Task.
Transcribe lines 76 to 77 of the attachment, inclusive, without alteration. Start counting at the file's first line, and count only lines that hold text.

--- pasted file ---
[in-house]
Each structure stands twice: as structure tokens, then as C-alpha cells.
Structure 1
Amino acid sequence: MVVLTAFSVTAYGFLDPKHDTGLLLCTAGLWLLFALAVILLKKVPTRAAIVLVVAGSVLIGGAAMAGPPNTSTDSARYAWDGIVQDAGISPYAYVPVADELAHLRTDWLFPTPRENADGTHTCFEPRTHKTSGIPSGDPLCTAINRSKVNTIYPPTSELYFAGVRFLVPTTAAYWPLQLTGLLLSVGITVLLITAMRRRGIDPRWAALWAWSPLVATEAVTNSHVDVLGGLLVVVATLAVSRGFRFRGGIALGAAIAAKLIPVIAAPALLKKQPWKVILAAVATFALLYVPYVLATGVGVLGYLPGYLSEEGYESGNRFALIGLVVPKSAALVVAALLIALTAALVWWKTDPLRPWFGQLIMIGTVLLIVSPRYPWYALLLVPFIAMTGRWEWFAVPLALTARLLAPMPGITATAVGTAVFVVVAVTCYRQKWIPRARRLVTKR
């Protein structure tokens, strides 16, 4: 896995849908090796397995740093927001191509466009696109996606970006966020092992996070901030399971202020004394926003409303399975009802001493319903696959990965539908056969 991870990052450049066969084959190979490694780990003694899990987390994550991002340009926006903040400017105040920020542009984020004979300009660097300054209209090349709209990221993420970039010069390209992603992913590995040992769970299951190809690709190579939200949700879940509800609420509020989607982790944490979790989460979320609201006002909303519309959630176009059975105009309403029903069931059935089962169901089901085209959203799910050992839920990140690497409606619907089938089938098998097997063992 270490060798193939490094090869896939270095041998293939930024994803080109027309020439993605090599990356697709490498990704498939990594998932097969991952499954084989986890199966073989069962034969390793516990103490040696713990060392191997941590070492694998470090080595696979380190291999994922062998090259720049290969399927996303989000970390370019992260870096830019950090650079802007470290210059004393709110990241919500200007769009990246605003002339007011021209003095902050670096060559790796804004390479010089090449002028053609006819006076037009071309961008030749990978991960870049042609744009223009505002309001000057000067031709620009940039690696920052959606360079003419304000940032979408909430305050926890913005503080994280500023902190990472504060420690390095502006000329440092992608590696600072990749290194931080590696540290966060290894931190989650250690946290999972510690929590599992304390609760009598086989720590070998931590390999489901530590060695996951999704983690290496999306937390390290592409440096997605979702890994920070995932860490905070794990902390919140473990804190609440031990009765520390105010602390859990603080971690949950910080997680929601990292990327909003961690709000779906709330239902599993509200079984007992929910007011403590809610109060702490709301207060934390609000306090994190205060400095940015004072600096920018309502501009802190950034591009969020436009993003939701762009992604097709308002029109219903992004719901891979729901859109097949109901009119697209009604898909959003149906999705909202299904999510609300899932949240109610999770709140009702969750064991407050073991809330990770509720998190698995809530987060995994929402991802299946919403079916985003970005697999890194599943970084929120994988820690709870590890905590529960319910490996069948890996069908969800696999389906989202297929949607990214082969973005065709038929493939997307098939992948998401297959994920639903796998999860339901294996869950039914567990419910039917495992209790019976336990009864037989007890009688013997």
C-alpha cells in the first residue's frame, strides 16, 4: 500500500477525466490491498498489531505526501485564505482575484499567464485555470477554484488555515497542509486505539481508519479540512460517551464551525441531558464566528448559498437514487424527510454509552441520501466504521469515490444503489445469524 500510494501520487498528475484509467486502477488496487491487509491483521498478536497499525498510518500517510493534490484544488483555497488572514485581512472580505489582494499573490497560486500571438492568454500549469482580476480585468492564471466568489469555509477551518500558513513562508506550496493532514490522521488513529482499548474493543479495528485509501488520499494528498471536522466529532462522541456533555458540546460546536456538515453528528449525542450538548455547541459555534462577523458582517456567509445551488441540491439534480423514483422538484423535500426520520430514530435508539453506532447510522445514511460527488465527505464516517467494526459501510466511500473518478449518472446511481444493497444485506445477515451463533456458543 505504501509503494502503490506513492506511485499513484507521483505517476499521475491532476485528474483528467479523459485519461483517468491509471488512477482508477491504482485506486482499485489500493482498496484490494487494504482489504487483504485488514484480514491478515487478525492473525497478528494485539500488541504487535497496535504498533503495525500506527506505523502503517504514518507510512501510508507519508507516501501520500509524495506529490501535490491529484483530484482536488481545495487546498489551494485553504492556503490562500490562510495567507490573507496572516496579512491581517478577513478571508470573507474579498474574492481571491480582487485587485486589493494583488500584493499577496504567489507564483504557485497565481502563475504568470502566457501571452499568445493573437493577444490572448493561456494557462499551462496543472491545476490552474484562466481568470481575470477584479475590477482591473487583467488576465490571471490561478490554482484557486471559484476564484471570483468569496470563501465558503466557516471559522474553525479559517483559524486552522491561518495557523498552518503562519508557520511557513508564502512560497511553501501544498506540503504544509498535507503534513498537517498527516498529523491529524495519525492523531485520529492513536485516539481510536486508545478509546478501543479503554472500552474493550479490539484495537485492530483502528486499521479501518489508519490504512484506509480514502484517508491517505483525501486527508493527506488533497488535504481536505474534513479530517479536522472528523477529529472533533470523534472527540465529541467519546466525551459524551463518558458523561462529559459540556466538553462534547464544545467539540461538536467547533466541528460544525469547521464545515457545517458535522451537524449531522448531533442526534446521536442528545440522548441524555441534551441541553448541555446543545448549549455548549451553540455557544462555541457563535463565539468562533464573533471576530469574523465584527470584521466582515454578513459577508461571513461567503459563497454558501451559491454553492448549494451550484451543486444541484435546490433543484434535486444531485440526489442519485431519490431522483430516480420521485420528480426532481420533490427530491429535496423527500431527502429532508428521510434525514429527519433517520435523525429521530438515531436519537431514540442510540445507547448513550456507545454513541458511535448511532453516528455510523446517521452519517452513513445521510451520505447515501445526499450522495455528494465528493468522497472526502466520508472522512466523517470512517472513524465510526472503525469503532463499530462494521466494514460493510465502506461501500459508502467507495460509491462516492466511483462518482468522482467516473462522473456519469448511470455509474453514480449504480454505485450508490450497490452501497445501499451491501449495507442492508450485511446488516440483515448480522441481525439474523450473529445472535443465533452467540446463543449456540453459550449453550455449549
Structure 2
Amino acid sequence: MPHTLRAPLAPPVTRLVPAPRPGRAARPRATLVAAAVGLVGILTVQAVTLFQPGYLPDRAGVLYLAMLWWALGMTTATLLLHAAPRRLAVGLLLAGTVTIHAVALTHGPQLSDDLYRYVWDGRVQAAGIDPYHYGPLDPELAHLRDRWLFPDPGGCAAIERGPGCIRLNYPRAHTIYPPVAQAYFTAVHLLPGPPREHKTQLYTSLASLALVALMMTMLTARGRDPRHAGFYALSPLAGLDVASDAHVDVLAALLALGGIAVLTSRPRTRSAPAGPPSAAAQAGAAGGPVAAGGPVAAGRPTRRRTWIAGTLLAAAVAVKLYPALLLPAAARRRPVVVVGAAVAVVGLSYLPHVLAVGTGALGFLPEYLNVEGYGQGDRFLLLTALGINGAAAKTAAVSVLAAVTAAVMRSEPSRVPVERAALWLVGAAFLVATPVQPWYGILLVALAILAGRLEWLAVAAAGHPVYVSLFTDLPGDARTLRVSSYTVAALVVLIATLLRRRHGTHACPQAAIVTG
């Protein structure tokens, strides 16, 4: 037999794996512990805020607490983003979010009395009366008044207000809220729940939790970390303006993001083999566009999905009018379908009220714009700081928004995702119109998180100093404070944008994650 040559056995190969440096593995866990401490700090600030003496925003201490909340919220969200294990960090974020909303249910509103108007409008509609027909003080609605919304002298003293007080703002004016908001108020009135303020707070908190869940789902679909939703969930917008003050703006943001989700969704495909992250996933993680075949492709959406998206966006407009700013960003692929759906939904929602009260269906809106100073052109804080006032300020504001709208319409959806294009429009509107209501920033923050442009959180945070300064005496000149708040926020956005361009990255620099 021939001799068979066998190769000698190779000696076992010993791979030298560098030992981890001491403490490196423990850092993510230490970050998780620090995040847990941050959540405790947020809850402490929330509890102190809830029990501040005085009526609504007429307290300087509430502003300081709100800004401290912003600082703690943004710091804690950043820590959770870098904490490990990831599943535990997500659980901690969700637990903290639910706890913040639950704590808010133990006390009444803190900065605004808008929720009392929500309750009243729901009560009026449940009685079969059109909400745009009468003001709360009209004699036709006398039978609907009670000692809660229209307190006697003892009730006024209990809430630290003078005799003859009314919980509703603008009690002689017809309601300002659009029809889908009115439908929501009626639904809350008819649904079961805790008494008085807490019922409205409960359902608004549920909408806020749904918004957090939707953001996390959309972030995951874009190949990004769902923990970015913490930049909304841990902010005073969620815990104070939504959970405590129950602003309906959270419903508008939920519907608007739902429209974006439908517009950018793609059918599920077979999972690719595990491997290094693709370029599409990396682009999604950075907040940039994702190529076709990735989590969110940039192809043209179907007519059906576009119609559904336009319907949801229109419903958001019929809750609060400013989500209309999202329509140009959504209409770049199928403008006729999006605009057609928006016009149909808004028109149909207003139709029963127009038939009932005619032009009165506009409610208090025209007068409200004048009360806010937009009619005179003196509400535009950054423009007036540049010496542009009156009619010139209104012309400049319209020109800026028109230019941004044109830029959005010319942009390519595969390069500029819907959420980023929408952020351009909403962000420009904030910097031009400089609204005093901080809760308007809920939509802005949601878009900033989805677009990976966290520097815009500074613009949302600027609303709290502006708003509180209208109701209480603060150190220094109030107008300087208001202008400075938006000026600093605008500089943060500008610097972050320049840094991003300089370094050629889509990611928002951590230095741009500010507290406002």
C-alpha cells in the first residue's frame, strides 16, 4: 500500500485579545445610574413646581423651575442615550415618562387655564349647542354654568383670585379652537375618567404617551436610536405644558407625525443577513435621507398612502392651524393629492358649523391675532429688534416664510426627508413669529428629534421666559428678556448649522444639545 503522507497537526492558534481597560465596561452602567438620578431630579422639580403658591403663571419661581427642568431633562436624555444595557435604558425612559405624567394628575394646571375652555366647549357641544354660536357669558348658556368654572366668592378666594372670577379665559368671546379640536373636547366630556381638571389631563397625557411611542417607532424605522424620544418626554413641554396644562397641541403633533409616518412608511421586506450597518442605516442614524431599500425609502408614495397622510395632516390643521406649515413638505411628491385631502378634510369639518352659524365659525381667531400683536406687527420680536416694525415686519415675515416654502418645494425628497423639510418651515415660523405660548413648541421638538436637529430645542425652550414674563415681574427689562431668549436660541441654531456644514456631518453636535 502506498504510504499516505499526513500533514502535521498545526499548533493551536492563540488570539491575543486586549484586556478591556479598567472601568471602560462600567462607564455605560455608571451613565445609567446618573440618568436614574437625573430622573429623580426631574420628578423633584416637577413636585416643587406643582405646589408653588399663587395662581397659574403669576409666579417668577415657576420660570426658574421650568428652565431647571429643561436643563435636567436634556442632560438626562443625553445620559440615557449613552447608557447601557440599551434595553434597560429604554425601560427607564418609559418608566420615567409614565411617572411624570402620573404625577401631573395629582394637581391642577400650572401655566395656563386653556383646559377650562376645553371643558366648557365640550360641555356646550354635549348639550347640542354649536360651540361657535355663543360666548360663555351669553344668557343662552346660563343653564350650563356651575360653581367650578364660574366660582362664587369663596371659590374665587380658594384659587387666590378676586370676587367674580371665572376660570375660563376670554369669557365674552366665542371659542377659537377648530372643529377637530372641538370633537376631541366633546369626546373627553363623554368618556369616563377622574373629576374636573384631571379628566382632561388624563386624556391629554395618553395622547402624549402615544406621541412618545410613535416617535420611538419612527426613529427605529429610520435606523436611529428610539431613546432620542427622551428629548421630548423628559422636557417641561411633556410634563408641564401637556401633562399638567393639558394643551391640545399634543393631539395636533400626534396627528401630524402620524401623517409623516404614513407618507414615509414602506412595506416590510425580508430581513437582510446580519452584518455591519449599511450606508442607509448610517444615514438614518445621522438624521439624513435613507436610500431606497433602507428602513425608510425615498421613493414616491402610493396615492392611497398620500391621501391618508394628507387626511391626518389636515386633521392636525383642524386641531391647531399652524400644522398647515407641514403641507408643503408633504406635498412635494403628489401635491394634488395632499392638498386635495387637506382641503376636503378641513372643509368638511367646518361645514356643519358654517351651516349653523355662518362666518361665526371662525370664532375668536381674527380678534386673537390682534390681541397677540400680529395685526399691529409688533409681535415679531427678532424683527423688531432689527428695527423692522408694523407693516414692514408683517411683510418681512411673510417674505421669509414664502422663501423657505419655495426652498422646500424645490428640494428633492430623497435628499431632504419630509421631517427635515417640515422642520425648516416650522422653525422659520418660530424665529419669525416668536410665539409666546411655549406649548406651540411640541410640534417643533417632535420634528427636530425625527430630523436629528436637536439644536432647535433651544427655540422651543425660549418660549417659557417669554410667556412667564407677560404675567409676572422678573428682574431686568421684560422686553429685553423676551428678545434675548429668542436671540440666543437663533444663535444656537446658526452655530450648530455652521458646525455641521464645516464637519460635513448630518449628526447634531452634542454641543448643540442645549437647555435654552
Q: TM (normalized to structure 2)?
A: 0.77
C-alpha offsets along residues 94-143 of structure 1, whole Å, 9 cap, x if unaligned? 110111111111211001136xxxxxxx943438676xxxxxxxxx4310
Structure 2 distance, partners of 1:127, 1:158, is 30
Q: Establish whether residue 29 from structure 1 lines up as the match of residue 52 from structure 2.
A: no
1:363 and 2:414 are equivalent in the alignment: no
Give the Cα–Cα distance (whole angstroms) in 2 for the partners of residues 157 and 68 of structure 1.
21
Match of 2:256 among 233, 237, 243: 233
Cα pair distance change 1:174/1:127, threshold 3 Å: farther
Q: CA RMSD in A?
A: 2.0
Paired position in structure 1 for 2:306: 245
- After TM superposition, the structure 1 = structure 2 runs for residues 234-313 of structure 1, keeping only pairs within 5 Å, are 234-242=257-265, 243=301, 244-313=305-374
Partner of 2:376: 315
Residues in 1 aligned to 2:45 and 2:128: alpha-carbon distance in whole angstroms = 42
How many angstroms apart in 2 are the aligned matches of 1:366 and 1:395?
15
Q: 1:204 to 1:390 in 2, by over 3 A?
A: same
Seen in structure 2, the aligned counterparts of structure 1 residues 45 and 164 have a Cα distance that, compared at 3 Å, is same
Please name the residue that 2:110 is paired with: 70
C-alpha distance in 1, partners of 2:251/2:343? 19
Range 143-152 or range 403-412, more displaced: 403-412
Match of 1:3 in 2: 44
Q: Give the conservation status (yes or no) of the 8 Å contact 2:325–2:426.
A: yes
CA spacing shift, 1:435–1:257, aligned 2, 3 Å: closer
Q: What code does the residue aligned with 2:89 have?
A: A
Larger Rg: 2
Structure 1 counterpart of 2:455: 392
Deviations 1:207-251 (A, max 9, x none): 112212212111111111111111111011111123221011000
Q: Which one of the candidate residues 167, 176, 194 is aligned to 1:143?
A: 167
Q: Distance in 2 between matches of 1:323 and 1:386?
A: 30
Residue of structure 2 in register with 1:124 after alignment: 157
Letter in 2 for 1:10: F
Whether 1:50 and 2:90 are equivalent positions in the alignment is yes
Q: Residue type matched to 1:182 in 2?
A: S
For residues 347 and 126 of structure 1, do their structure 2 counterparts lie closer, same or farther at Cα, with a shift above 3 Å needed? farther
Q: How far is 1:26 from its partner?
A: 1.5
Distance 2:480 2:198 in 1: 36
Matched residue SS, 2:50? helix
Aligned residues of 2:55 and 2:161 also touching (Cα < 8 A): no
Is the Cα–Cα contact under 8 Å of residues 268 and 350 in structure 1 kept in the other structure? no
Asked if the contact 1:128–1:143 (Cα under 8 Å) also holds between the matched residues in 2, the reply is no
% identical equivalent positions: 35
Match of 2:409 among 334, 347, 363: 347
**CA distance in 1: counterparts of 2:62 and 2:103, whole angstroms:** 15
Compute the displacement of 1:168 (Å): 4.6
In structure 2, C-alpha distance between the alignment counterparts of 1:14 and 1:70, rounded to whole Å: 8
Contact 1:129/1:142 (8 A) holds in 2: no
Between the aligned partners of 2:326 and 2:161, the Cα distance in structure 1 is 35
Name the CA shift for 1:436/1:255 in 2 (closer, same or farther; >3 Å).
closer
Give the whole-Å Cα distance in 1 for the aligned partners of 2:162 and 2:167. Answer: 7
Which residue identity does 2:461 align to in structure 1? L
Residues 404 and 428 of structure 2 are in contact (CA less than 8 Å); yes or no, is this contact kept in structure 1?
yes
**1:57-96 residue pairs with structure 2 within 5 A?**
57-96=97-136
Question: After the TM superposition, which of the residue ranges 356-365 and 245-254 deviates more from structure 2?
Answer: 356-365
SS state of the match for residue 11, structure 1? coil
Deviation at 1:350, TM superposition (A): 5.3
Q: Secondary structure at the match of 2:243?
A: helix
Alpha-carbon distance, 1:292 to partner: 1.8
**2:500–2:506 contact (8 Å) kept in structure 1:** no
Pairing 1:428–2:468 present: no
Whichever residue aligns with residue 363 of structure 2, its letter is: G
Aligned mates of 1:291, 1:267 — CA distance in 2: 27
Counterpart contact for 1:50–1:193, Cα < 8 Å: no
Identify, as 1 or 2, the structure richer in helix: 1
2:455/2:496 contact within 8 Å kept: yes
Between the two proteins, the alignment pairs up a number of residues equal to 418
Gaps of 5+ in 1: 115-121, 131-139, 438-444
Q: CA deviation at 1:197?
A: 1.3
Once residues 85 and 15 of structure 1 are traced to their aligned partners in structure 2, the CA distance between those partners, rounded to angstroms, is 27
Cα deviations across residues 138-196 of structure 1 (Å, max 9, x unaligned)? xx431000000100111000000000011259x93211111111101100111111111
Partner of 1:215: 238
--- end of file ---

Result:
57-96=97-136
Question: After the TM superposition, which of the residue ranges 356-365 and 245-254 deviates more from structure 2?